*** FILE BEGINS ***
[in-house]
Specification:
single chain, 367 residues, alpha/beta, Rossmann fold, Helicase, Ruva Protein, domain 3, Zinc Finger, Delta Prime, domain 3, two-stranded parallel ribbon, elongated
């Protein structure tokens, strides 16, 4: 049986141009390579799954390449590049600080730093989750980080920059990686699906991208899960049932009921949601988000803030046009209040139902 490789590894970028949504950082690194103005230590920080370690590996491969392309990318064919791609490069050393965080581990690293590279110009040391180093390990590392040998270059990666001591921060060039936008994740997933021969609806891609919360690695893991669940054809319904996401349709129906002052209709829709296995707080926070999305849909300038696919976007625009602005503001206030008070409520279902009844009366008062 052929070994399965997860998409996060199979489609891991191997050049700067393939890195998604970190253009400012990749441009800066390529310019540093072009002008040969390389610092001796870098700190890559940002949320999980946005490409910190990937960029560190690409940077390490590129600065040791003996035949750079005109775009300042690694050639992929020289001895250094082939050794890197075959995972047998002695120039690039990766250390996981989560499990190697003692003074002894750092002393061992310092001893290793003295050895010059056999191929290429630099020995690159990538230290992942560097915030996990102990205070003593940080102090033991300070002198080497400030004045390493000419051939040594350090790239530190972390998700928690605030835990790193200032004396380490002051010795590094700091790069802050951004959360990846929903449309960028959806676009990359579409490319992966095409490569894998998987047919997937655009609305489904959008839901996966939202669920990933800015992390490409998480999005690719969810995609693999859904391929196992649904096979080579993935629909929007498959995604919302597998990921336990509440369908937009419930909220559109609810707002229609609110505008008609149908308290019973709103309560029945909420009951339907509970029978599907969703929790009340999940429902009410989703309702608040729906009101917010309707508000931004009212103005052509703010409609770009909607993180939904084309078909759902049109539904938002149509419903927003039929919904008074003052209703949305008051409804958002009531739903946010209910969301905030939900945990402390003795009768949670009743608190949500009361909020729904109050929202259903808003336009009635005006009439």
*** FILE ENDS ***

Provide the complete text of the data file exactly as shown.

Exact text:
[in-house]
Specification:
single chain, 367 residues, alpha/beta, Rossmann fold, Helicase, Ruva Protein, domain 3, Zinc Finger, Delta Prime, domain 3, two-stranded parallel ribbon, elongated
């Protein structure tokens, strides 16, 4: 049986141009390579799954390449590049600080730093989750980080920059990686699906991208899960049932009921949601988000803030046009209040139902 490789590894970028949504950082690194103005230590920080370690590996491969392309990318064919791609490069050393965080581990690293590279110009040391180093390990590392040998270059990666001591921060060039936008994740997933021969609806891609919360690695893991669940054809319904996401349709129906002052209709829709296995707080926070999305849909300038696919976007625009602005503001206030008070409520279902009844009366008062 052929070994399965997860998409996060199979489609891991191997050049700067393939890195998604970190253009400012990749441009800066390529310019540093072009002008040969390389610092001796870098700190890559940002949320999980946005490409910190990937960029560190690409940077390490590129600065040791003996035949750079005109775009300042690694050639992929020289001895250094082939050794890197075959995972047998002695120039690039990766250390996981989560499990190697003692003074002894750092002393061992310092001893290793003295050895010059056999191929290429630099020995690159990538230290992942560097915030996990102990205070003593940080102090033991300070002198080497400030004045390493000419051939040594350090790239530190972390998700928690605030835990790193200032004396380490002051010795590094700091790069802050951004959360990846929903449309960028959806676009990359579409490319992966095409490569894998998987047919997937655009609305489904959008839901996966939202669920990933800015992390490409998480999005690719969810995609693999859904391929196992649904096979080579993935629909929007498959995604919302597998990921336990509440369908937009419930909220559109609810707002229609609110505008008609149908308290019973709103309560029945909420009951339907509970029978599907969703929790009340999940429902009410989703309702608040729906009101917010309707508000931004009212103005052509703010409609770009909607993180939904084309078909759902049109539904938002149509419903927003039929919904008074003052209703949305008051409804958002009531739903946010209910969301905030939900945990402390003795009768949670009743608190949500009361909020729904109050929202259903808003336009009635005006009439």